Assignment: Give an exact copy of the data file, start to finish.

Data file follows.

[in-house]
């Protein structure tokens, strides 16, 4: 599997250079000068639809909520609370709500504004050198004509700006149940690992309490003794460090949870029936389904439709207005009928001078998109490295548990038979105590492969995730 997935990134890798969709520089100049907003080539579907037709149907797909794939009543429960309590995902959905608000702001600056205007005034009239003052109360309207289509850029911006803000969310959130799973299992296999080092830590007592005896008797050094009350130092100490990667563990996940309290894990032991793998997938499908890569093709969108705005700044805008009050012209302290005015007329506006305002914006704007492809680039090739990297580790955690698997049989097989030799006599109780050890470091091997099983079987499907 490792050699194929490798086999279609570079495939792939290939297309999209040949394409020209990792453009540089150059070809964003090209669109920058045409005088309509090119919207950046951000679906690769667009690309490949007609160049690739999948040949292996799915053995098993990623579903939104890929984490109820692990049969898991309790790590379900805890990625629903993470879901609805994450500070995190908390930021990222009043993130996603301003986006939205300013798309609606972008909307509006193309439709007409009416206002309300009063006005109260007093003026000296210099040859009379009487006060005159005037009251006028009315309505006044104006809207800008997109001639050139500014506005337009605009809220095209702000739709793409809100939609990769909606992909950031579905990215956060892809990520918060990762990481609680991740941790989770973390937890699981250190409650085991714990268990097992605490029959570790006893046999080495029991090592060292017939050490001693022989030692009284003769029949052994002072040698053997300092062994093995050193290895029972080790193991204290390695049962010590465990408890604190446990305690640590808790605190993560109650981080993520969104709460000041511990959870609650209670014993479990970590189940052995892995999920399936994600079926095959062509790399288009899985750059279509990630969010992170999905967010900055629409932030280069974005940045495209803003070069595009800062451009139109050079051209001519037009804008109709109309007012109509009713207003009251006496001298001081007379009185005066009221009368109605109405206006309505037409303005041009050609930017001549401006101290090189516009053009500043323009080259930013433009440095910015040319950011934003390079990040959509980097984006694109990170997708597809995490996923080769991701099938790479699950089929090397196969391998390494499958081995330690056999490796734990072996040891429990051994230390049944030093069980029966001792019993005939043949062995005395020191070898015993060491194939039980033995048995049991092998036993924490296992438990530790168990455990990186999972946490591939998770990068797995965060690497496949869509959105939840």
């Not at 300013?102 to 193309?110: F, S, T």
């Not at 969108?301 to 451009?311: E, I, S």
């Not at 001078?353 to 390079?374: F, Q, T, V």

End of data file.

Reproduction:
[in-house]
């Protein structure tokens, strides 16, 4: 599997250079000068639809909520609370709500504004050198004509700006149940690992309490003794460090949870029936389904439709207005009928001078998109490295548990038979105590492969995730 997935990134890798969709520089100049907003080539579907037709149907797909794939009543429960309590995902959905608000702001600056205007005034009239003052109360309207289509850029911006803000969310959130799973299992296999080092830590007592005896008797050094009350130092100490990667563990996940309290894990032991793998997938499908890569093709969108705005700044805008009050012209302290005015007329506006305002914006704007492809680039090739990297580790955690698997049989097989030799006599109780050890470091091997099983079987499907 490792050699194929490798086999279609570079495939792939290939297309999209040949394409020209990792453009540089150059070809964003090209669109920058045409005088309509090119919207950046951000679906690769667009690309490949007609160049690739999948040949292996799915053995098993990623579903939104890929984490109820692990049969898991309790790590379900805890990625629903993470879901609805994450500070995190908390930021990222009043993130996603301003986006939205300013798309609606972008909307509006193309439709007409009416206002309300009063006005109260007093003026000296210099040859009379009487006060005159005037009251006028009315309505006044104006809207800008997109001639050139500014506005337009605009809220095209702000739709793409809100939609990769909606992909950031579905990215956060892809990520918060990762990481609680991740941790989770973390937890699981250190409650085991714990268990097992605490029959570790006893046999080495029991090592060292017939050490001693022989030692009284003769029949052994002072040698053997300092062994093995050193290895029972080790193991204290390695049962010590465990408890604190446990305690640590808790605190993560109650981080993520969104709460000041511990959870609650209670014993479990970590189940052995892995999920399936994600079926095959062509790399288009899985750059279509990630969010992170999905967010900055629409932030280069974005940045495209803003070069595009800062451009139109050079051209001519037009804008109709109309007012109509009713207003009251006496001298001081007379009185005066009221009368109605109405206006309505037409303005041009050609930017001549401006101290090189516009053009500043323009080259930013433009440095910015040319950011934003390079990040959509980097984006694109990170997708597809995490996923080769991701099938790479699950089929090397196969391998390494499958081995330690056999490796734990072996040891429990051994230390049944030093069980029966001792019993005939043949062995005395020191070898015993060491194939039980033995048995049991092998036993924490296992438990530790168990455990990186999972946490591939998770990068797995965060690497496949869509959105939840």
């Not at 300013?102 to 193309?110: F, S, T």
């Not at 969108?301 to 451009?311: E, I, S």
């Not at 001078?353 to 390079?374: F, Q, T, V």